Brexit limbo: What happens next for expat Brits in Spain?

So what happens now for Brits in Spain? Nothing too dramatic, but a lot of uncertainty amid legal limbo.

Brexit limbo: What happens next for expat Brits in Spain?
Is a storm brewing for British expats? Photo: AFP

As British PM David Cameron resigned on Friday morning after he failed to convince the British people that it was better to remain a part of the EU, he reassured Brits living abroad “that there would be no immediate changes”.

Interim Prime Minister Mariano Rajoy echoed Cameron’s comments offering a  message of “calm and serenity” to Spanish citizens in the UK and British citizens in Spain.

There would now be “at least two years from the formal notification” of the UK's withdrawal from the European Union, Rajoy said in a televised address: “during that time the security of the legal relationships between the UK and the EU do not change”.

Employment rules, freedom of movement, pension rights and electoral rights would not be affected “at least for the next two years”.

“That is the same for British citizens who live in our country as for those Spaniards living in UK,” he said.

But for the estimated one million Brits who live in Spain or have second homes here, will such reassurances be enough?

While no one will be asked to move home or even be made to apply for a visa or residency permit just yet, what is certain is that uncertainty will reign for the next two years, at least.

Cameron declined to trigger article 50 of The Lisbon Treaty which would begin the painful two-year negotiation process for leaving the EU, preferring to leave it until his successor, which could well be Boris Johnson.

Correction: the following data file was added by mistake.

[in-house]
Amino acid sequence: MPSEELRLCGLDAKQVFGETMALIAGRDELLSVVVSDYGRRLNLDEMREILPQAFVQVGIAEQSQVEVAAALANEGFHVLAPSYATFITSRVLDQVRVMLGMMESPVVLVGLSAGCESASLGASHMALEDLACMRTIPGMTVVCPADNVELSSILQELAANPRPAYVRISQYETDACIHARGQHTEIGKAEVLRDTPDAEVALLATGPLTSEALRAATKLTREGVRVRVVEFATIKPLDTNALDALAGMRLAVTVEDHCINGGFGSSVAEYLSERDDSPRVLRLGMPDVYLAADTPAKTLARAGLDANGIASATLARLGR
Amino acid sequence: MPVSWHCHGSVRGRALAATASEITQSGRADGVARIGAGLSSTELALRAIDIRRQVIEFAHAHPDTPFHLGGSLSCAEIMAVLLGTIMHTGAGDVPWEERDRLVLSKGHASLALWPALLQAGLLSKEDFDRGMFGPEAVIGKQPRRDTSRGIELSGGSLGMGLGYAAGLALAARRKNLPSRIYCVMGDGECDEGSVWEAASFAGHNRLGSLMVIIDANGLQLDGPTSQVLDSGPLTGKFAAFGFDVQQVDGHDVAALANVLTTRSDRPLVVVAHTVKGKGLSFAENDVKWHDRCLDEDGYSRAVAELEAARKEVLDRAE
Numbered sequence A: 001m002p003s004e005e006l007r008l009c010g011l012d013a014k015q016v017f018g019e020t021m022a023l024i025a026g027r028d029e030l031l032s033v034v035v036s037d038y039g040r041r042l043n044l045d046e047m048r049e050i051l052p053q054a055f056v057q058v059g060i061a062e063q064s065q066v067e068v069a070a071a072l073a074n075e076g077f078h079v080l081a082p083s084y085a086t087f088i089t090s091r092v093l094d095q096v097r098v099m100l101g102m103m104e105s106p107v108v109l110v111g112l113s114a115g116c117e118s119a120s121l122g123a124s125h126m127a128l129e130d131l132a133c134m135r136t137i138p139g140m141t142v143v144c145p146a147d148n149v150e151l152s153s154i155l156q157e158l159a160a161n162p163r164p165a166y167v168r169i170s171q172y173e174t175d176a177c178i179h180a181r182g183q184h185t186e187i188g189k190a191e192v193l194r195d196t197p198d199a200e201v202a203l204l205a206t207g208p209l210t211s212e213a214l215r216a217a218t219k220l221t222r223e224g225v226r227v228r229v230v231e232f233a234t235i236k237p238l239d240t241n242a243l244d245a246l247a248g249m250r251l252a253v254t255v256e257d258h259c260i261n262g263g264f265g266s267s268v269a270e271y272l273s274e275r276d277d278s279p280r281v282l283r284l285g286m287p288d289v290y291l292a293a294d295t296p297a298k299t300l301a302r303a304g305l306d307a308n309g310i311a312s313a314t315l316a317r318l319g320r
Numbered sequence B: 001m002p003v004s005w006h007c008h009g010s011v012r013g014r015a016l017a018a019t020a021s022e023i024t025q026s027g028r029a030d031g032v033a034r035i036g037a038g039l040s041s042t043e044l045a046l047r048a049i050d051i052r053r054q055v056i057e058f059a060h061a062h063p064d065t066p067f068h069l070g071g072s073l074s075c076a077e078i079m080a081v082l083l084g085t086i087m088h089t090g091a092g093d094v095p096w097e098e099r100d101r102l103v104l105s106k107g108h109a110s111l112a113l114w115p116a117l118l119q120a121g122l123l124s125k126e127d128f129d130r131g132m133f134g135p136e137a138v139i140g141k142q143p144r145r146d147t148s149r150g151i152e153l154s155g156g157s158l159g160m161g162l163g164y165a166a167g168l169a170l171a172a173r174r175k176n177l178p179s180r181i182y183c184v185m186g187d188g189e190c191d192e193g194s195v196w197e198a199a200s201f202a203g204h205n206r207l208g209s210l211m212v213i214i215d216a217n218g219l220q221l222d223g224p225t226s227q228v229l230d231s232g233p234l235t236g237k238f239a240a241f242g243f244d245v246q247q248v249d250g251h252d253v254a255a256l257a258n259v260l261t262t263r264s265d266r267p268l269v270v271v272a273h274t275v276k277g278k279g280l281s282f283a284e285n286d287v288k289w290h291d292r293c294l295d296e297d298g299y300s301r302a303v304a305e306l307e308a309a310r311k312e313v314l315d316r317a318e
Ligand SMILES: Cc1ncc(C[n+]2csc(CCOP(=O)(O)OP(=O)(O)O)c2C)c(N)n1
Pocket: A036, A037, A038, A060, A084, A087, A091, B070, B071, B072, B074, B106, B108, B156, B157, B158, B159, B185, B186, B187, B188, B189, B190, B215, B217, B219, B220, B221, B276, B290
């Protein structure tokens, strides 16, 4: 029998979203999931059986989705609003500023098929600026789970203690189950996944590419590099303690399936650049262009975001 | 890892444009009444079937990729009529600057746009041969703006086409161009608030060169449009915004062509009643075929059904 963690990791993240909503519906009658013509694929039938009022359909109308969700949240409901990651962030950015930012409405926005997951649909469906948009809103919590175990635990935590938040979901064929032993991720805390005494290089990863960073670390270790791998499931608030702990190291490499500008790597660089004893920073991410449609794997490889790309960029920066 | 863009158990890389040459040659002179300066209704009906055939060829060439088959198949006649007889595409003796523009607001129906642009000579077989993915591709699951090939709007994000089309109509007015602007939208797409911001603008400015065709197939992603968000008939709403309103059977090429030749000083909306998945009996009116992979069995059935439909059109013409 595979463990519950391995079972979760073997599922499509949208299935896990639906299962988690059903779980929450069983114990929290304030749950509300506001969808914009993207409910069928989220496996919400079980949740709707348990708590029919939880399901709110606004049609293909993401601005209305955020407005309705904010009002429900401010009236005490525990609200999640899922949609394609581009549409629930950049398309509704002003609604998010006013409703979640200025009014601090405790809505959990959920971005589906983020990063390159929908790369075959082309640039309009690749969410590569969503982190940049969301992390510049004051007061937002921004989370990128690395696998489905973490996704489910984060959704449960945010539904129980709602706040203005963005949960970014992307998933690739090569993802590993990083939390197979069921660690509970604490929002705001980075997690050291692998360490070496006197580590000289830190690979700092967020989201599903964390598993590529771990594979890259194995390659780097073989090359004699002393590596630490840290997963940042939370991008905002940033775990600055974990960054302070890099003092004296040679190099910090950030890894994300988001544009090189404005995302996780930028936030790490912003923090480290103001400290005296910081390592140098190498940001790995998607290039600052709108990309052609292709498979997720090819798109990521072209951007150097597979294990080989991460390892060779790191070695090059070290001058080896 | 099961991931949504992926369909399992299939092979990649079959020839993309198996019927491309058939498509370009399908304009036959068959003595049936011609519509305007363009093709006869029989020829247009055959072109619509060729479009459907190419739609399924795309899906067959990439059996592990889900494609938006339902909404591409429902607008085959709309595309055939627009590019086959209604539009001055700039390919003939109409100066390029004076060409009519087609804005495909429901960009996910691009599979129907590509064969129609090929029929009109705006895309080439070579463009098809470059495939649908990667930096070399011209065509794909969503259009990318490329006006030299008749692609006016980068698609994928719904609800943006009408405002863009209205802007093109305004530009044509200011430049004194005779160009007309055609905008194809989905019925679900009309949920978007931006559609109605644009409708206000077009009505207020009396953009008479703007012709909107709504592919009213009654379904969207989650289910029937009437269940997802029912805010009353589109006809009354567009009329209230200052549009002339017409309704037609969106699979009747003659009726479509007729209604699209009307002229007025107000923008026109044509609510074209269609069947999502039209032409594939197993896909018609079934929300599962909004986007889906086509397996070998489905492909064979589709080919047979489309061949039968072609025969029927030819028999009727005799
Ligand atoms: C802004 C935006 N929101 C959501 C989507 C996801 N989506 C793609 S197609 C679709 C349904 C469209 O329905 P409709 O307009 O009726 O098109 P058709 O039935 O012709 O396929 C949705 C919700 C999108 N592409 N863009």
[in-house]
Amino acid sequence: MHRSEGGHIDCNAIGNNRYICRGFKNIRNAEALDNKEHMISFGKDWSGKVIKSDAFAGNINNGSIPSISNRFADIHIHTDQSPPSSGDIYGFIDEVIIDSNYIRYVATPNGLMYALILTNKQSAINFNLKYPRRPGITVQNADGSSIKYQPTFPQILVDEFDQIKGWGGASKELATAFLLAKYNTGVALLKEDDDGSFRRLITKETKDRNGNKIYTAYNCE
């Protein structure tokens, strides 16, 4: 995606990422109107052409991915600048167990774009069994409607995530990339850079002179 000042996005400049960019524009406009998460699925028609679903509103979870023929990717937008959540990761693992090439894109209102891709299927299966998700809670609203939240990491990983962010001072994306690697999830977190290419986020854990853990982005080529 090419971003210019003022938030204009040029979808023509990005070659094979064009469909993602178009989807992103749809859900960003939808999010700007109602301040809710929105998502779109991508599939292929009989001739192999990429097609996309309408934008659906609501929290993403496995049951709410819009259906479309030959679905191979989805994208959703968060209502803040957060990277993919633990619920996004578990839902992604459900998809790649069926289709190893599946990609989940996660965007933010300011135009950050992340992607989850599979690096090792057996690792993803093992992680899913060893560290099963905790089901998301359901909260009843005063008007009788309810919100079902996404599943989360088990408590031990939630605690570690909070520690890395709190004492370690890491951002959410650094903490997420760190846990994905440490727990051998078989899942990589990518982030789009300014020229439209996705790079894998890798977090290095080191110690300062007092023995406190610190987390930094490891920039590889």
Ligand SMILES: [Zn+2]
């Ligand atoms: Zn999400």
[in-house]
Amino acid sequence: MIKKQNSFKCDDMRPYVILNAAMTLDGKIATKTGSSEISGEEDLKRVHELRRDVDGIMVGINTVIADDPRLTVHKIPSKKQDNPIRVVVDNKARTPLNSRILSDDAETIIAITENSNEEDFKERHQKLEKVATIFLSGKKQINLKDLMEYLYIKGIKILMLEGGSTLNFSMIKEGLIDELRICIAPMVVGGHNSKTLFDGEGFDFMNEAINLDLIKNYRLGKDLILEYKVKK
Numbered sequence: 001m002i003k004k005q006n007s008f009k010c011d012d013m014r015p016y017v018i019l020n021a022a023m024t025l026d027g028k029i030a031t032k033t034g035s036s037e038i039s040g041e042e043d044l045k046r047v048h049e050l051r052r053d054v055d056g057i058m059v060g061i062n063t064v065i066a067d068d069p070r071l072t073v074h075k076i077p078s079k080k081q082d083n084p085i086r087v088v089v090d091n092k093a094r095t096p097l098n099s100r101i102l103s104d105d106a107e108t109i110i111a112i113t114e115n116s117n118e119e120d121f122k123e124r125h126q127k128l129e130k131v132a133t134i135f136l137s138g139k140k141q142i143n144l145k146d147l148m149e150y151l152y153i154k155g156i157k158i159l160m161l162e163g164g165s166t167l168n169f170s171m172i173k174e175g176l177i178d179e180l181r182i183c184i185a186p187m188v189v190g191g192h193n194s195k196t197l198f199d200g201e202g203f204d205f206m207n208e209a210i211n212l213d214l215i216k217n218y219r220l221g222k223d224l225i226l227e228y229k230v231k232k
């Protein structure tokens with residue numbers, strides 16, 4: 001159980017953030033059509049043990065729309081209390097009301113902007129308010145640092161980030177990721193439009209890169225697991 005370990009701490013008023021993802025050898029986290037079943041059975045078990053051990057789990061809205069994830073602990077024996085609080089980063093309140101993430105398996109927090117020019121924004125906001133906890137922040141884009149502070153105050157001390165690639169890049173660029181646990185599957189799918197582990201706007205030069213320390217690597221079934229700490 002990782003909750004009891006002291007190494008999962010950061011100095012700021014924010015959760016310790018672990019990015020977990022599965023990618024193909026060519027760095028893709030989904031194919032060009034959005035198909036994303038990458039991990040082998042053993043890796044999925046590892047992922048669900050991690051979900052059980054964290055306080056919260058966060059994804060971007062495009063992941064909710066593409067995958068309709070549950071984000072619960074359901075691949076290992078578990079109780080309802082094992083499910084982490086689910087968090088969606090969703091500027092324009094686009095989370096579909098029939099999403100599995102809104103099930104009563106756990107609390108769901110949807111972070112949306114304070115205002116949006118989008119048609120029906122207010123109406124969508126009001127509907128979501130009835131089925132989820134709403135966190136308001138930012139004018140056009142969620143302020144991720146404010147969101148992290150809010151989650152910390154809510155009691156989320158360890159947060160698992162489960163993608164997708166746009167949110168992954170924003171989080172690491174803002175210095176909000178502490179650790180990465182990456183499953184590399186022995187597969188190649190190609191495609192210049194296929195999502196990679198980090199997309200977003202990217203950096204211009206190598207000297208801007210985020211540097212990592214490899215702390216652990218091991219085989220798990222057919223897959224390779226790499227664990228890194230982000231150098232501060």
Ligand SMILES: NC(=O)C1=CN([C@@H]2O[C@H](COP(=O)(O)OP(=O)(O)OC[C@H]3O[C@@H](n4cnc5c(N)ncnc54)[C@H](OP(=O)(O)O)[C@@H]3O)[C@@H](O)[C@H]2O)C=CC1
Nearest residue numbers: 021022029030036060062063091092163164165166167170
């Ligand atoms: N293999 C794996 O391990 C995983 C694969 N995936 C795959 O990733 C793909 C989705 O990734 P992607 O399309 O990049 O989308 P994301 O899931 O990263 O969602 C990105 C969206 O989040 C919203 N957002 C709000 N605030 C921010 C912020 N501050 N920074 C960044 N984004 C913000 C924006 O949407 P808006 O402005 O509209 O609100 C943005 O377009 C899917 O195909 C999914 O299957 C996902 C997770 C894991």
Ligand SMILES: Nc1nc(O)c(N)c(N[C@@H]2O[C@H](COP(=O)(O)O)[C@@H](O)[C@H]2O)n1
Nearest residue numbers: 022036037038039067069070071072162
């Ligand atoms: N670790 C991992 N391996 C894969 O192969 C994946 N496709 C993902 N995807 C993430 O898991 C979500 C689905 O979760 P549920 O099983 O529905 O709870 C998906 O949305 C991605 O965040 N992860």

That negotiation process, whenever it does begin, will be key to how life will or won't change for Brits living in Spain and of course the many tens of thousands of Spanish people living in Britain.

So plenty of time to get your Spanish citizenship, if you qualify for it that is.

That deal requires the support of a “qualified majority” of the 27 remaining member states and the UK, so it could be fraught with hurdles.

And given that it will be long and drawn out, there maybe other earthquakes ahead, with several other EU countries openly talking about the need for a referendum.

While the “divorce settlement” as it is being referred to, will focus mainly on budgetary and trade issues, it will also cover the rights of UK nationals in the EU and vice versa.

No one quite knows what the result will be, perhaps because no one really contemplated it seriously enough.

READ MORE: British expats in Spain stunned and fearful after Brexit win

Given so many Brits live in Spain and so many Spanish live in London it is likely the two countries will come to some sort of deal to maintain the status quo.

However most legal experts suggest even if a deal is struck life will get more complicated. A pre-referendum parliamentary committee concluded that British nationals living in the EU will face years of “ghastly” legal limbo.

The committee's chair, the Conservative MP Lord Boswell of Aynho said: “The rights of some two million UK citizens living abroad would need to be determined, as would the rights of a similar number of EU citizens living in the UK.

“This is complex stuff – you are talking about the right to residence, to healthcare and to schooling, about maintenance payments and access to children, about research projects and contracts that cross borders, sorting all this out would be a daunting task.”

All this will need to be thrashed out in the negotiation process.